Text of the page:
Politicians are rarely fans of the Freedom of Information Act. You don’t have to go far to find Tony Blair’s ‘nincompoop’ comments, David Cameron’s furring up the arteries of government moan, or Jack Straw complaining it gives the UK public more access to documents than other jurisdictions (it doesn’t).
Politicians, public authorities, and those that had been embarrassed by information released all queued up to tell the Justice Select Committee how much of a burden the Act was in a 2012 review. A selection of journalists, FOI campaigners, NGOs and more stood up to defend the right to access information and push for more access at the same time.
The government responded to the review with concerns about journalists and campaign groups making “industrial” use of requests, stating a need to reduce the cost of the FOI Act and deal with “disproportionate burdens” it causes. In return campaign groups wrote to Cameron saying changes would damage everyone who wanted to ask questions.
But since theses conclusions were reached there has been little movement on implementing any changes.
There may be an issue with dealing with expensive costs of redaction
That was until earlier this year Liberal Democrat MP and justice minister Simon Hughes stood up in Parliament and said there would be two consultations to take place with a view to changing the Act.
A few months down the line and Hughes has now said these consultations have been rolled in to one that will broadly look at two areas.
In what could be a bitter sweet pill for the public’s right to access information, more bodies will be introduced in to the scope of the Act, but at the same time how much can be obtained is likely to be reduced.
And, the consultation may be over in the blink of an eye. It is possible, and likely, that due to the limited time before the General Election, the consultation may only last a month, Hughes hinted. Cabinet Office guidelines say that consultations can last from anywhere between two and 12 weeks, although where an issue has been discussed before it may be appropriate to have a shorter consolation.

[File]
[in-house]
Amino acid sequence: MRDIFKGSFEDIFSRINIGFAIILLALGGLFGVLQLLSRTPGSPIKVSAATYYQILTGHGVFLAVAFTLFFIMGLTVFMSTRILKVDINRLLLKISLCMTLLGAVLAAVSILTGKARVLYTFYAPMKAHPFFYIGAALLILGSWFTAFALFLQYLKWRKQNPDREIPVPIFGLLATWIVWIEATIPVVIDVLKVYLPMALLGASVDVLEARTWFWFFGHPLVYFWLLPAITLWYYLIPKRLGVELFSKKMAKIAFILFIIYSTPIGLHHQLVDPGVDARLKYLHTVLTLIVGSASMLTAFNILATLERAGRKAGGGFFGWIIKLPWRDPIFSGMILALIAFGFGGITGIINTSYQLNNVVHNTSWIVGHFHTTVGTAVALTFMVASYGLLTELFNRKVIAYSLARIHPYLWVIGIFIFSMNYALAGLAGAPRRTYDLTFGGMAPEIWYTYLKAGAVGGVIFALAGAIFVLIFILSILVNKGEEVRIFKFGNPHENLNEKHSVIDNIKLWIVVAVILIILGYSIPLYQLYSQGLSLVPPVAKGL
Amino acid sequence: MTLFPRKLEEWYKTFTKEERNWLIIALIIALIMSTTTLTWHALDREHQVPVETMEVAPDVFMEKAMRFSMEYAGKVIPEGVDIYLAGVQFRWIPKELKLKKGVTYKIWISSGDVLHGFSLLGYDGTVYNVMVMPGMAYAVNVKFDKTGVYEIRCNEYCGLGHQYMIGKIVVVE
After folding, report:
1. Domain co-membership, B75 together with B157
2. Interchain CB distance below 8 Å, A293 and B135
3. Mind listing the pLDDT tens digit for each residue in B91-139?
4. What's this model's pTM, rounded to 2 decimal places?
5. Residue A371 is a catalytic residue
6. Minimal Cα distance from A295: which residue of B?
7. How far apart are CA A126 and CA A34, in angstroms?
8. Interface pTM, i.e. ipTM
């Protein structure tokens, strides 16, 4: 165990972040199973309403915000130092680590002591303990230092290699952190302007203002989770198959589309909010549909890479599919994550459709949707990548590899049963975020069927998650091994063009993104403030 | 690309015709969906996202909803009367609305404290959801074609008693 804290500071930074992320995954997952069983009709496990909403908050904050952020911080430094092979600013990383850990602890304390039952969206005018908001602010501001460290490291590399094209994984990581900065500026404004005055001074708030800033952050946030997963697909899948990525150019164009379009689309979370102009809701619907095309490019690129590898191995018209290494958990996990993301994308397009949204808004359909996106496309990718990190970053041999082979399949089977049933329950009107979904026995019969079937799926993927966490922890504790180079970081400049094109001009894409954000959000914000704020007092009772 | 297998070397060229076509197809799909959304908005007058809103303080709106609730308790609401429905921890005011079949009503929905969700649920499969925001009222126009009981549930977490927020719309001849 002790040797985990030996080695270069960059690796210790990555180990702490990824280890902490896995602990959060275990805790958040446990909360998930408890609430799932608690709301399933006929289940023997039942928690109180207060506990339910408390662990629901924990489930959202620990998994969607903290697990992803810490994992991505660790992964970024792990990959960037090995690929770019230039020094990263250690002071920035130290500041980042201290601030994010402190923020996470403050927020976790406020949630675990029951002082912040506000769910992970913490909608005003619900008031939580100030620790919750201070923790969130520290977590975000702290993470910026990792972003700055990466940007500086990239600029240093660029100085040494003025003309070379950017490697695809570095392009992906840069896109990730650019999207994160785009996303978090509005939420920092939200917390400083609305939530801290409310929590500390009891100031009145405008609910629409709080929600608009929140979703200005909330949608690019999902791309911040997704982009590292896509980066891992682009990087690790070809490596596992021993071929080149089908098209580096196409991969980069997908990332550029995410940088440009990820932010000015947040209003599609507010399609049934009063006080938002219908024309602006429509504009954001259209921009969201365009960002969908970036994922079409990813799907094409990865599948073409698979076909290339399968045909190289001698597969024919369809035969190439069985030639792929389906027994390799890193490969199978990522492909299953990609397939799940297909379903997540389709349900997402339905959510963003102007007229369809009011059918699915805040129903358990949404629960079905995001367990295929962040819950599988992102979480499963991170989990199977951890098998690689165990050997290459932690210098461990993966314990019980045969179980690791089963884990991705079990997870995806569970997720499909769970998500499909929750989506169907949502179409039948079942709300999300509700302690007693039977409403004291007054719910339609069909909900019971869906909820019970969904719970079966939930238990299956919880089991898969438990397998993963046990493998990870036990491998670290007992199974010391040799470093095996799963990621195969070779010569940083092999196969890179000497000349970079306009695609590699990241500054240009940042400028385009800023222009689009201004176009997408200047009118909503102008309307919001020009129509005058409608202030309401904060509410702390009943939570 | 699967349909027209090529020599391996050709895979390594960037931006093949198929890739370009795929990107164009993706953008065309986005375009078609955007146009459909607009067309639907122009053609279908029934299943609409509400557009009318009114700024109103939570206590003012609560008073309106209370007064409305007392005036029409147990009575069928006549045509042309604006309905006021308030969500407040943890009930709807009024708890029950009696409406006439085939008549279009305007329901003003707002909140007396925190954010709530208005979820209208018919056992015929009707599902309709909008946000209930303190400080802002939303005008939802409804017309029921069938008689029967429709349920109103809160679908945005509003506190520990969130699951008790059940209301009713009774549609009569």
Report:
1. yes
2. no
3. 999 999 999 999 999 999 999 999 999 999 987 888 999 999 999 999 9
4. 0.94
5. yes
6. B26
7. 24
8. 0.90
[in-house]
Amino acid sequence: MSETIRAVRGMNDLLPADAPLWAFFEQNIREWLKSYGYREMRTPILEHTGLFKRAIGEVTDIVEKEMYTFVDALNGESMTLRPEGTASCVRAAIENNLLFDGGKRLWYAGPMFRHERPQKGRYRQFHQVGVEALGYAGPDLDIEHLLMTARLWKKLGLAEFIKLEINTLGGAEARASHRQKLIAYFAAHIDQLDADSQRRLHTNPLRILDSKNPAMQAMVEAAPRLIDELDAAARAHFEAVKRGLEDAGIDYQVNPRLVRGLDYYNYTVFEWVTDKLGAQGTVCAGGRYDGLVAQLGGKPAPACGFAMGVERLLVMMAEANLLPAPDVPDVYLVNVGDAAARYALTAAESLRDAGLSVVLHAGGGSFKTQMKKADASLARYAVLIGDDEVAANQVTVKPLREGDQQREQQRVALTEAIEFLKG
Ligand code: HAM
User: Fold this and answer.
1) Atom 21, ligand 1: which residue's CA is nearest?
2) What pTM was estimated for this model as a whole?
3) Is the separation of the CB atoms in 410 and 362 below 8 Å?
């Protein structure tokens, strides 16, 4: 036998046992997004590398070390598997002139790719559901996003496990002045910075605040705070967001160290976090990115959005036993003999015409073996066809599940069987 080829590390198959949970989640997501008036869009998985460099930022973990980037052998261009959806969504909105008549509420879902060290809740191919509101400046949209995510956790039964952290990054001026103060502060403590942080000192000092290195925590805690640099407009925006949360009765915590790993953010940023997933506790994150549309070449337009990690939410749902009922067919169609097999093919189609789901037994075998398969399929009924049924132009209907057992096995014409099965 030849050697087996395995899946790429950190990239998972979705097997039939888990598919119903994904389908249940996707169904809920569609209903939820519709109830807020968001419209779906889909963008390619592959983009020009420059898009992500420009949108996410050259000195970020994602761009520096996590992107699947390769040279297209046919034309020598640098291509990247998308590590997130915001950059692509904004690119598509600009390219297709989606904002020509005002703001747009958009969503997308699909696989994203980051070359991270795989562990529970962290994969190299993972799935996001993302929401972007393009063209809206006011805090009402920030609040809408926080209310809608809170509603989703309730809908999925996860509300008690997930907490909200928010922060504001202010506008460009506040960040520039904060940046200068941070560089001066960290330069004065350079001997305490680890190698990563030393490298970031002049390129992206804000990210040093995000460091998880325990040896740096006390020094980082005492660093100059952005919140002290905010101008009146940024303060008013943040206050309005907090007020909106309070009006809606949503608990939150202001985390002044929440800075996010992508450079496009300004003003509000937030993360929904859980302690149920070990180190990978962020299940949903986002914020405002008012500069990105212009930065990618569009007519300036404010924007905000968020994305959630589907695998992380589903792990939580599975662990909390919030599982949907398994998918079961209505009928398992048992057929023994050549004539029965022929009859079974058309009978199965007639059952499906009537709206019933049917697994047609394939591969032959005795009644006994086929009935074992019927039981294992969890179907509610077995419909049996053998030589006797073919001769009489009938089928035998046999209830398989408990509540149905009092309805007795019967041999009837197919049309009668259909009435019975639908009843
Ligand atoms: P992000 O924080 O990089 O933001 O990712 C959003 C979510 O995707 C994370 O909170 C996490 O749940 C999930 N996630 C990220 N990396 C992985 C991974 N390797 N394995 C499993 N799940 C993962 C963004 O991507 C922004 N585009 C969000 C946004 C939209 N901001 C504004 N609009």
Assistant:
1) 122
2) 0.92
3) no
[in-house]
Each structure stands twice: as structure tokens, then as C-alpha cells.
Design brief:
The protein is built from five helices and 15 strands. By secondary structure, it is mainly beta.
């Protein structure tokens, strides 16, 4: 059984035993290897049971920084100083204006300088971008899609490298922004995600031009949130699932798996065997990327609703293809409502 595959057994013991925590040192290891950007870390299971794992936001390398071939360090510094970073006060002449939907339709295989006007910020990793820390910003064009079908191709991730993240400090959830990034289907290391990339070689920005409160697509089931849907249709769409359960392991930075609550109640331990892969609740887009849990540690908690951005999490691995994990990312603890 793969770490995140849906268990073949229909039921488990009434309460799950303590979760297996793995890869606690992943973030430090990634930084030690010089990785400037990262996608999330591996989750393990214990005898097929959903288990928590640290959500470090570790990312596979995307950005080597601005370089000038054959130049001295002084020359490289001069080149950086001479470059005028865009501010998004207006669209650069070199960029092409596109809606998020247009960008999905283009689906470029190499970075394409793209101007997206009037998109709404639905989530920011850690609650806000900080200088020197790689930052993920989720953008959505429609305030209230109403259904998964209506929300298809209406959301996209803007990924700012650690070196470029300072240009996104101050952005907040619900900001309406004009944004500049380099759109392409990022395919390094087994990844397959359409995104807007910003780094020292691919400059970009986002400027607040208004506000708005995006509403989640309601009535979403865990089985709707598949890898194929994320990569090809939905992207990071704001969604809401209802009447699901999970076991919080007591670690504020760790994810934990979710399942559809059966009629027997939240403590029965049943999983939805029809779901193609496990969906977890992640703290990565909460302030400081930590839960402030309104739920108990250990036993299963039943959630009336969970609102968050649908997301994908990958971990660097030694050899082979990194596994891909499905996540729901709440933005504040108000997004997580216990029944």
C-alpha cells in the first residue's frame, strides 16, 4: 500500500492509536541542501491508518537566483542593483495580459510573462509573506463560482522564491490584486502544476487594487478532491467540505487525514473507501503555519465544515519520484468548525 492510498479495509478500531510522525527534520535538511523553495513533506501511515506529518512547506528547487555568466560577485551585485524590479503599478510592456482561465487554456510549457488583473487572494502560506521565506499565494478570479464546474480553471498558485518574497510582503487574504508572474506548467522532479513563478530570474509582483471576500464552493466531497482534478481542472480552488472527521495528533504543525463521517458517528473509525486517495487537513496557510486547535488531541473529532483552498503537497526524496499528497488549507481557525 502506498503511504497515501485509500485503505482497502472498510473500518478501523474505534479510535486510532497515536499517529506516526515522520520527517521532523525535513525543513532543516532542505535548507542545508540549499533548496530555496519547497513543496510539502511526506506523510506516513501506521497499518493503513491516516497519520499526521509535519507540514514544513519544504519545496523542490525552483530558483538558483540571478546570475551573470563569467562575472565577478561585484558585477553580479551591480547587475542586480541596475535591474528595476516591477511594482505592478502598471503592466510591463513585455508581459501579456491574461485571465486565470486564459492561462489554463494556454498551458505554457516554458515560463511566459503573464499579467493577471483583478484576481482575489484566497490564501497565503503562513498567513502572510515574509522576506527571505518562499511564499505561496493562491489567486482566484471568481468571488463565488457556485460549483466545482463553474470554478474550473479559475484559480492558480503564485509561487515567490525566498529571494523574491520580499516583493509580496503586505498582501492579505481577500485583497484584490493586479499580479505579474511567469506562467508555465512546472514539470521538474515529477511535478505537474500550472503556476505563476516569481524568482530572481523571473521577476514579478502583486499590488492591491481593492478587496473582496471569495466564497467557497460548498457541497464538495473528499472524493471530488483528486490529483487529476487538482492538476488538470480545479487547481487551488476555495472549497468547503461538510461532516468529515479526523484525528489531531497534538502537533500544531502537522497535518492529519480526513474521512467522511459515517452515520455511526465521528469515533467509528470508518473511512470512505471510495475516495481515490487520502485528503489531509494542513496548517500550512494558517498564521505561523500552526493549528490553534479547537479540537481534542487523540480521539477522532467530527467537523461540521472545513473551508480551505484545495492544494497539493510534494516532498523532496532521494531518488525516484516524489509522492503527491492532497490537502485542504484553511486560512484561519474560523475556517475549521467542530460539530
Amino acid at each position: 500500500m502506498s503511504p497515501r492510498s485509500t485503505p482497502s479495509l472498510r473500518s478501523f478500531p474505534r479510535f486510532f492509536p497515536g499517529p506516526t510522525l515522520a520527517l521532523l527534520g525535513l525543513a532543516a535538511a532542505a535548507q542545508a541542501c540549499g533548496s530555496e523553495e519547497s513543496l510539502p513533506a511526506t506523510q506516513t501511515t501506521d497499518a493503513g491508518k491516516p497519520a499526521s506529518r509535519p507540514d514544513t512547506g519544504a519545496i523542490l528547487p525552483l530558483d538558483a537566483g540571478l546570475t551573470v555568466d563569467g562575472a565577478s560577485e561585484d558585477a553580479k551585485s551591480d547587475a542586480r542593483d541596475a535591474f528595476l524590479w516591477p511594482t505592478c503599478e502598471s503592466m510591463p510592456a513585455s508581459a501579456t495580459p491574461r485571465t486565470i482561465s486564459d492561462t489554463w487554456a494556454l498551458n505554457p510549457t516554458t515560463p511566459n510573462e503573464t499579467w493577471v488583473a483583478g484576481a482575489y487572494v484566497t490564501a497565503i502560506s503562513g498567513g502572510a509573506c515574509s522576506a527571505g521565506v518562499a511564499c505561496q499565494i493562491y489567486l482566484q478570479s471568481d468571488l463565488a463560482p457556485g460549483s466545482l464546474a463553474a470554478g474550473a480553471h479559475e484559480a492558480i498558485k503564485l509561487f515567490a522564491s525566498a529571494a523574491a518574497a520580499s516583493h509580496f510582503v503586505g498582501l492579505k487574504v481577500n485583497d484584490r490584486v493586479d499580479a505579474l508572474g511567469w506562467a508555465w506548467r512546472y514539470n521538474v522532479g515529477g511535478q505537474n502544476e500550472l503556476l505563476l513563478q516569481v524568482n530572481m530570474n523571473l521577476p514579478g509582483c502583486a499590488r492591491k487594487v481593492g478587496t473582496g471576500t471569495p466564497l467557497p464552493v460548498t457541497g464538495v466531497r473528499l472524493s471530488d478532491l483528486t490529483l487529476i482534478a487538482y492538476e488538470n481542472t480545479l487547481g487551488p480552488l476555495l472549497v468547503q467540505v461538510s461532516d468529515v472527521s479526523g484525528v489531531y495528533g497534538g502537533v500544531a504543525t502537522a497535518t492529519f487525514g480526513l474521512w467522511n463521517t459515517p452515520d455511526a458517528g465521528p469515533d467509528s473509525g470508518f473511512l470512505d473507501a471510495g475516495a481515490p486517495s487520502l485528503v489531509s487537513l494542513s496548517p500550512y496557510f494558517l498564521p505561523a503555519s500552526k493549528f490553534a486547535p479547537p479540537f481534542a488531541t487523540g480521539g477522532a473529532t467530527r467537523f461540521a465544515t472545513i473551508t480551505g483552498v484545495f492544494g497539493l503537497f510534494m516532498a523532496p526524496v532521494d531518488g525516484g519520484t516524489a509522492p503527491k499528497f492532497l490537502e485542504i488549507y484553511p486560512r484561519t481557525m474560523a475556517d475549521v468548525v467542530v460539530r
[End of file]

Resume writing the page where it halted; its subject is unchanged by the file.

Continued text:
Hughes said: “If we’re going to have a consultation that is sufficient and doesn’t cause people grief and doesn’t cause people to complain then it is ideally not going to be just four weeks, but on the other hand if we’re going to make progress before the end of this Parliament that I hope it will be not so long that as it were we ran out of rode the other side of the consultation.”
When challenged on whether the proposals could be detrimental to those making requests Hughes said he would not want “to do anything that pulls back.”
He would not candidly express what was fully to be included in the consultation, as he stressed the final proposals had not yet been signed-off.
But he could reveal some details about what would be included: “There are some things set out in the previous consultation, there was something about serial requesters, there’s something about reading and other costs.”
He also added “… there may be an issue with dealing with expensive costs of redaction, so there are some small but administrative matters that people have raised with us.”
The ones he has mentioned, unsurprisingly, mimc the proposals behind the original 2012 review and also the government’s response to it.
The Government response to the 2012 review said (paragraph 15): “The Government is minded to explore options for providing that time taken to consider and redact information can be included in reaching the cost limit.”
The “small but administrative” matters are ones that would limit the ability to prise information out of authorities. They would allow obtrusive authorities to apply skill based considerations as to whether information should be released – including how long it takes an official to redact (black-out) certain parts of a document could lead to abuse.
Redaction time cannot easily be measured. A highly-computer literate staff member may be able to complete the task incredibly quickly but a staff member who is not efficient at redacting may take long enough to redact the information so that it cannot be released.